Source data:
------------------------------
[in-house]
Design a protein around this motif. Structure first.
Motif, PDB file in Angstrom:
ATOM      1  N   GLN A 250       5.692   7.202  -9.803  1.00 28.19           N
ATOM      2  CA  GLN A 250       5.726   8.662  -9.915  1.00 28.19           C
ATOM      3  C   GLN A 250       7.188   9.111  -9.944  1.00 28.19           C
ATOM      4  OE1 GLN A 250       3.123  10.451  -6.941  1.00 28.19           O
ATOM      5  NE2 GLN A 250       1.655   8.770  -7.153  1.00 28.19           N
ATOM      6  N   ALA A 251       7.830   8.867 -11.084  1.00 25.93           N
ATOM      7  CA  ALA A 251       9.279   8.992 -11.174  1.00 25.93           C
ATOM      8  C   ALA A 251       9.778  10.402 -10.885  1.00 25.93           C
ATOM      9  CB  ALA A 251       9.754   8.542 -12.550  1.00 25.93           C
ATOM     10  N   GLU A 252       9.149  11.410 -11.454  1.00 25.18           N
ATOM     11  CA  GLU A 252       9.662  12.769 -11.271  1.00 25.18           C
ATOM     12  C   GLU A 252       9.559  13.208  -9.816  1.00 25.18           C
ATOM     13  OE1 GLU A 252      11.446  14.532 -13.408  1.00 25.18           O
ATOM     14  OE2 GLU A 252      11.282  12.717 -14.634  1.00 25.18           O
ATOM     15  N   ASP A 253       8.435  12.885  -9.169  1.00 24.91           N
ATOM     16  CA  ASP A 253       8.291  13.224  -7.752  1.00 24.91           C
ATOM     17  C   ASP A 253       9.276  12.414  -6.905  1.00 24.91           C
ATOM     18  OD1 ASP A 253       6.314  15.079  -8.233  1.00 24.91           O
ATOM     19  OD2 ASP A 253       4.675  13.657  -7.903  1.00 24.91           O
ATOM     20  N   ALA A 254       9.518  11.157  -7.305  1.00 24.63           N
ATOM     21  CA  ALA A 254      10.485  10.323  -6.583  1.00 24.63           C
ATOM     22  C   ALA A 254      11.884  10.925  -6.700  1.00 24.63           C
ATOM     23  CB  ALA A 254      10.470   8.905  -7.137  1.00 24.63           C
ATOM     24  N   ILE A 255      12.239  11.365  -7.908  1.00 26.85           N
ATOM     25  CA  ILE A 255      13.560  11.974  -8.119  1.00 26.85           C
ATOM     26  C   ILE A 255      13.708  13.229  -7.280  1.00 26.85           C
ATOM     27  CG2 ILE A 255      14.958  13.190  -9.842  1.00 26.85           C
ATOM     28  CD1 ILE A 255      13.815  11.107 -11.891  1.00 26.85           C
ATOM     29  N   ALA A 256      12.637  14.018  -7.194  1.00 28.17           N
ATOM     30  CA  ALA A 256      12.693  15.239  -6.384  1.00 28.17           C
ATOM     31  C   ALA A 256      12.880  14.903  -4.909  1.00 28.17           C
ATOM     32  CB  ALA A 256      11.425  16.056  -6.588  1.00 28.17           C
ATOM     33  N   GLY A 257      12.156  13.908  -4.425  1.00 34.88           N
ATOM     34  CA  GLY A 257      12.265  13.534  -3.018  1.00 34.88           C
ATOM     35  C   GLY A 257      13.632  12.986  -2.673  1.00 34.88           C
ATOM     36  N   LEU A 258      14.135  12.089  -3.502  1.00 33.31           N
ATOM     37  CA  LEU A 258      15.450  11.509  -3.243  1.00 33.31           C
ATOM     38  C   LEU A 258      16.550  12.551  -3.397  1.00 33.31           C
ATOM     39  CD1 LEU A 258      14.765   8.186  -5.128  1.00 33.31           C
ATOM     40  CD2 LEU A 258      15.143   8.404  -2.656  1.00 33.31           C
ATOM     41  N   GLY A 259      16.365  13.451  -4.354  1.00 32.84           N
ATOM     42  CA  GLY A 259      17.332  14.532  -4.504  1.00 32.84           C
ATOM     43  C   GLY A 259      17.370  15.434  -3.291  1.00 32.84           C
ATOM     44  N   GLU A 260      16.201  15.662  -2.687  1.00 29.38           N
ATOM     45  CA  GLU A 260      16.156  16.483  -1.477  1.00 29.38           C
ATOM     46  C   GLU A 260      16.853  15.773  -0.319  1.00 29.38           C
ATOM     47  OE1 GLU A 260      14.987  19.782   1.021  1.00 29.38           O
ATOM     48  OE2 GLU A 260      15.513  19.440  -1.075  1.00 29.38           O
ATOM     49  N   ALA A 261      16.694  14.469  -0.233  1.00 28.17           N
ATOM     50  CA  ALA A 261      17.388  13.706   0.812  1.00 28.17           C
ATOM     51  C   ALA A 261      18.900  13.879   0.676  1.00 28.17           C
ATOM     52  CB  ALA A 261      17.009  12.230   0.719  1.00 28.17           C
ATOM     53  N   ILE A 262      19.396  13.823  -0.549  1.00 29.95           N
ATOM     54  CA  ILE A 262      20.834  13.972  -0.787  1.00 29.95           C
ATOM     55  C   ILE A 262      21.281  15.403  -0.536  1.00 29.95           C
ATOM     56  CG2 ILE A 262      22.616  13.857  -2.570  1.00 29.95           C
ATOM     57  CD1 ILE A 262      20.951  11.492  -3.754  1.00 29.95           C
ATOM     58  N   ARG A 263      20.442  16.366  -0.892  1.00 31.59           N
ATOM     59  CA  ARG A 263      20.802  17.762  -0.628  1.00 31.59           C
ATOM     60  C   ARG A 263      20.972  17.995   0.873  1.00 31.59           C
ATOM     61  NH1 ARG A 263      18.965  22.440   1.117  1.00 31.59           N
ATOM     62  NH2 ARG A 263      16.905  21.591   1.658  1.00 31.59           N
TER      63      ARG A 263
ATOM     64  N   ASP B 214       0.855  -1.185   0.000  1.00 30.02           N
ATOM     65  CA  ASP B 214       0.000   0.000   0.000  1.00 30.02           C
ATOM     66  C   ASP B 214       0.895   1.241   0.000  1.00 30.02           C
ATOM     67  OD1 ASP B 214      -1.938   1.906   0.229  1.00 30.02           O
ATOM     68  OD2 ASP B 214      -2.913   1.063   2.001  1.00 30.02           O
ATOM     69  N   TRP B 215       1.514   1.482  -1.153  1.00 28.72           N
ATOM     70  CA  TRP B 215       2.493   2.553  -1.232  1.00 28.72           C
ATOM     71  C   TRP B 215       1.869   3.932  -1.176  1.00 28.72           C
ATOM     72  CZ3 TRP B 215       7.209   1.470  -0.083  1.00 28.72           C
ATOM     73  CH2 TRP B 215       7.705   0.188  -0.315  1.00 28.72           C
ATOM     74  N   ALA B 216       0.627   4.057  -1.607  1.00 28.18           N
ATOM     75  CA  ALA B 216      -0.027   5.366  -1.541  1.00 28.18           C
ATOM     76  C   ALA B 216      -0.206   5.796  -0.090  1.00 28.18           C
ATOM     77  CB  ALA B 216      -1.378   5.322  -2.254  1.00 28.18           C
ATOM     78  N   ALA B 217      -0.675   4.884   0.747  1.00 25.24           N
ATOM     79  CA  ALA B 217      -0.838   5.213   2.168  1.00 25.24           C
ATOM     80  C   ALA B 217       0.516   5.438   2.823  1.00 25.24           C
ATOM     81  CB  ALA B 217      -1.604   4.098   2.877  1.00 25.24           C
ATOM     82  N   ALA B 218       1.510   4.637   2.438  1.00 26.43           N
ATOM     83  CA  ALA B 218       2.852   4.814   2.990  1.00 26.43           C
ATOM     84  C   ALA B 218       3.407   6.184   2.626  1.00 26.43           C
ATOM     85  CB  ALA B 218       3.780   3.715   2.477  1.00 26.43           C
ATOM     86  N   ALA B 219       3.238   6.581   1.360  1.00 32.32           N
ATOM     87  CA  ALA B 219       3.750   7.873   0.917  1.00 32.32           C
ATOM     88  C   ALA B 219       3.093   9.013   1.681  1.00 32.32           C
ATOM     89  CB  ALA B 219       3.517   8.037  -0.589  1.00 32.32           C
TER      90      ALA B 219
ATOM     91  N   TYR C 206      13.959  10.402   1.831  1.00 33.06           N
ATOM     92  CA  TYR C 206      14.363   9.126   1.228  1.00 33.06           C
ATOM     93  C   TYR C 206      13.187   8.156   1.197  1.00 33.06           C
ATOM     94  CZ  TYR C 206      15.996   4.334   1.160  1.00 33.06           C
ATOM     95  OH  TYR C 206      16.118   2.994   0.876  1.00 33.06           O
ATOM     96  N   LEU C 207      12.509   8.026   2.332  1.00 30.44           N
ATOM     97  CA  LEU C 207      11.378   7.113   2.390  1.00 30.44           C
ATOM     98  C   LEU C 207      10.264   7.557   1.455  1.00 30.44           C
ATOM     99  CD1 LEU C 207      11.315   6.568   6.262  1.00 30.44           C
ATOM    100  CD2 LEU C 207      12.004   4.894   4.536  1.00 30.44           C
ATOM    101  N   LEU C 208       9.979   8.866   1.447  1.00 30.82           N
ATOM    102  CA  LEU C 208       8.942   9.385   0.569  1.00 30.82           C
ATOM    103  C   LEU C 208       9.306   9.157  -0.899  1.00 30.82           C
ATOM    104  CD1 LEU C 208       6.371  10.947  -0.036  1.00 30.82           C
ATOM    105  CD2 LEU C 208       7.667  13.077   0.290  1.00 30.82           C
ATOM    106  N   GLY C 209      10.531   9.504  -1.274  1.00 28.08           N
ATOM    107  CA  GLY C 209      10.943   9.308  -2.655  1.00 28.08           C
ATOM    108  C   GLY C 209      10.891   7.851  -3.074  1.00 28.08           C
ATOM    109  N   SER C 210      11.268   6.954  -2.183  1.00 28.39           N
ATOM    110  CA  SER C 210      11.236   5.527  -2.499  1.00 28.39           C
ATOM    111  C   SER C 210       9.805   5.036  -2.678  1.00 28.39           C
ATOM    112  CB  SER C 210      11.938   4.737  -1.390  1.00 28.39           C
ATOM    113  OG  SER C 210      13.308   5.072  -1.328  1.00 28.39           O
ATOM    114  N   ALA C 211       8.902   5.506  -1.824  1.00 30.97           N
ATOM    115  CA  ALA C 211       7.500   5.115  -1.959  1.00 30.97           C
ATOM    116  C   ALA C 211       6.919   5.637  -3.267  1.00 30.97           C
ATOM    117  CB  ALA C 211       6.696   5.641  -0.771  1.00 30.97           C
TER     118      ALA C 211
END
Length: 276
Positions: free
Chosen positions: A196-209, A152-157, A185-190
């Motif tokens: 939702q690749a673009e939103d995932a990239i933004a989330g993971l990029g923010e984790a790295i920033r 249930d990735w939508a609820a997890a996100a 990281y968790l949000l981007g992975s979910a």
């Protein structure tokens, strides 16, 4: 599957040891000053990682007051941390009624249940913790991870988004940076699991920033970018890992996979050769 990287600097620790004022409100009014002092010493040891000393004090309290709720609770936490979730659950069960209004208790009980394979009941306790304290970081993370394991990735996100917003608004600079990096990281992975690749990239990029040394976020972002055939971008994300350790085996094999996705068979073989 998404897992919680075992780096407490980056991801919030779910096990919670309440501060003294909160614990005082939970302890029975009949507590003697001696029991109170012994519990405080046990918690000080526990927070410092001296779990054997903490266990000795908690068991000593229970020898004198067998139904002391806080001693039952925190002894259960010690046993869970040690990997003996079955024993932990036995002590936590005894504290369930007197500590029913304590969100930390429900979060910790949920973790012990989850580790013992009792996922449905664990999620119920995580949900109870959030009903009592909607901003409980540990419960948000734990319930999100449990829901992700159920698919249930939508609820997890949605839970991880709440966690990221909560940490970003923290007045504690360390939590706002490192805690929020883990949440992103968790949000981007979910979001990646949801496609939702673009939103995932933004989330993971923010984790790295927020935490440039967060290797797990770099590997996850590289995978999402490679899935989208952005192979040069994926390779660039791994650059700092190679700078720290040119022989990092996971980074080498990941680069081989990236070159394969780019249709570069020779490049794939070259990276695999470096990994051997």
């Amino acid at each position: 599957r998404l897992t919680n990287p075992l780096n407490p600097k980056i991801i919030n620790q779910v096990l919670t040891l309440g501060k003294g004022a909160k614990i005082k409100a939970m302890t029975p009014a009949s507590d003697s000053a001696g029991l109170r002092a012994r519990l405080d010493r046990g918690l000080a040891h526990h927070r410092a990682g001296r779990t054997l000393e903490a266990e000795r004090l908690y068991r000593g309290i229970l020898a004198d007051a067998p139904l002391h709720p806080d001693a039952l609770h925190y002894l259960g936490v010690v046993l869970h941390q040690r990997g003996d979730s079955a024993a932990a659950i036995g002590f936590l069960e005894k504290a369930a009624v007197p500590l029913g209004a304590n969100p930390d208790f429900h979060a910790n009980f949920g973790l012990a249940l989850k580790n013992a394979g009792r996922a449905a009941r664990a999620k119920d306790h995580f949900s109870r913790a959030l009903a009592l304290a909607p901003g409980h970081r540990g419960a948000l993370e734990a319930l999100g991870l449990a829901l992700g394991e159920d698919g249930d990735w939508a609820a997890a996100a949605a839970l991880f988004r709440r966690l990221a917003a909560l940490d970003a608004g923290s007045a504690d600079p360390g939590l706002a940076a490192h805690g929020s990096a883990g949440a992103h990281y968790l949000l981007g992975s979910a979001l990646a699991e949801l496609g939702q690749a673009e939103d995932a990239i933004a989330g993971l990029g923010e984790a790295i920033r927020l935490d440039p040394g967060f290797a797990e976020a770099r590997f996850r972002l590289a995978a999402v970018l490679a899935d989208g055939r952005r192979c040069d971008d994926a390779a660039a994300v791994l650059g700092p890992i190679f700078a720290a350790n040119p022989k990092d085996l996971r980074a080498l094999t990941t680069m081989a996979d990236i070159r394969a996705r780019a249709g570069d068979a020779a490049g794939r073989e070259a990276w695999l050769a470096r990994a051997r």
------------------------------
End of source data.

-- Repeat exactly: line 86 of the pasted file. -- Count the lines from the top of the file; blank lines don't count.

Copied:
ATOM     83  CA  ALA B 218       2.852   4.814   2.990  1.00 26.43           C